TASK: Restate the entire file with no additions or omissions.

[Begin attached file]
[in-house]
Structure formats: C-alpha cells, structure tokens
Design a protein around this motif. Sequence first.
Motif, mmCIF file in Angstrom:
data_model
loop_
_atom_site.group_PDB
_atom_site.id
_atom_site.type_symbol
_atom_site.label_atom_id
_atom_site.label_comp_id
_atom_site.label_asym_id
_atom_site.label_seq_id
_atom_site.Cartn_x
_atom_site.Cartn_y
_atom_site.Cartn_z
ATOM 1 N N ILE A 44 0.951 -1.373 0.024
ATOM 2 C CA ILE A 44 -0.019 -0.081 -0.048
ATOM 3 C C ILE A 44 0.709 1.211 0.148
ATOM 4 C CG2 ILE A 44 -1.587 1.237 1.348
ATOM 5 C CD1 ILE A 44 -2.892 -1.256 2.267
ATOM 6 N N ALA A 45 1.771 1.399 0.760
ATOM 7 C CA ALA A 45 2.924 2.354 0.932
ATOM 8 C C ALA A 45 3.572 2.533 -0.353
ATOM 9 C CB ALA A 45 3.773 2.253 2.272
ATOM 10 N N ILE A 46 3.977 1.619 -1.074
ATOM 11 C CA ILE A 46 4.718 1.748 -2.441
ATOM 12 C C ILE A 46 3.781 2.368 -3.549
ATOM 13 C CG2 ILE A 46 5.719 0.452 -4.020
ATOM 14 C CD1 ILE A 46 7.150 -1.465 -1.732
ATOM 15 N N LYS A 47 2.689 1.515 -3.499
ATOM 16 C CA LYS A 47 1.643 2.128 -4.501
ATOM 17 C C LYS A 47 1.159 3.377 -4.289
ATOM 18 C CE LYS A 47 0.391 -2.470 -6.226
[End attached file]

[in-house]
Structure formats: C-alpha cells, structure tokens
Design a protein around this motif. Sequence first.
Motif, mmCIF file in Angstrom:
data_model
loop_
_atom_site.group_PDB
_atom_site.id
_atom_site.type_symbol
_atom_site.label_atom_id
_atom_site.label_comp_id
_atom_site.label_asym_id
_atom_site.label_seq_id
_atom_site.Cartn_x
_atom_site.Cartn_y
_atom_site.Cartn_z
ATOM 1 N N ILE A 44 0.951 -1.373 0.024
ATOM 2 C CA ILE A 44 -0.019 -0.081 -0.048
ATOM 3 C C ILE A 44 0.709 1.211 0.148
ATOM 4 C CG2 ILE A 44 -1.587 1.237 1.348
ATOM 5 C CD1 ILE A 44 -2.892 -1.256 2.267
ATOM 6 N N ALA A 45 1.771 1.399 0.760
ATOM 7 C CA ALA A 45 2.924 2.354 0.932
ATOM 8 C C ALA A 45 3.572 2.533 -0.353
ATOM 9 C CB ALA A 45 3.773 2.253 2.272
ATOM 10 N N ILE A 46 3.977 1.619 -1.074
ATOM 11 C CA ILE A 46 4.718 1.748 -2.441
ATOM 12 C C ILE A 46 3.781 2.368 -3.549
ATOM 13 C CG2 ILE A 46 5.719 0.452 -4.020
ATOM 14 C CD1 ILE A 46 7.150 -1.465 -1.732
ATOM 15 N N LYS A 47 2.689 1.515 -3.499
ATOM 16 C CA LYS A 47 1.643 2.128 -4.501
ATOM 17 C C LYS A 47 1.159 3.377 -4.289
ATOM 18 C CE LYS A 47 0.391 -2.470 -6.226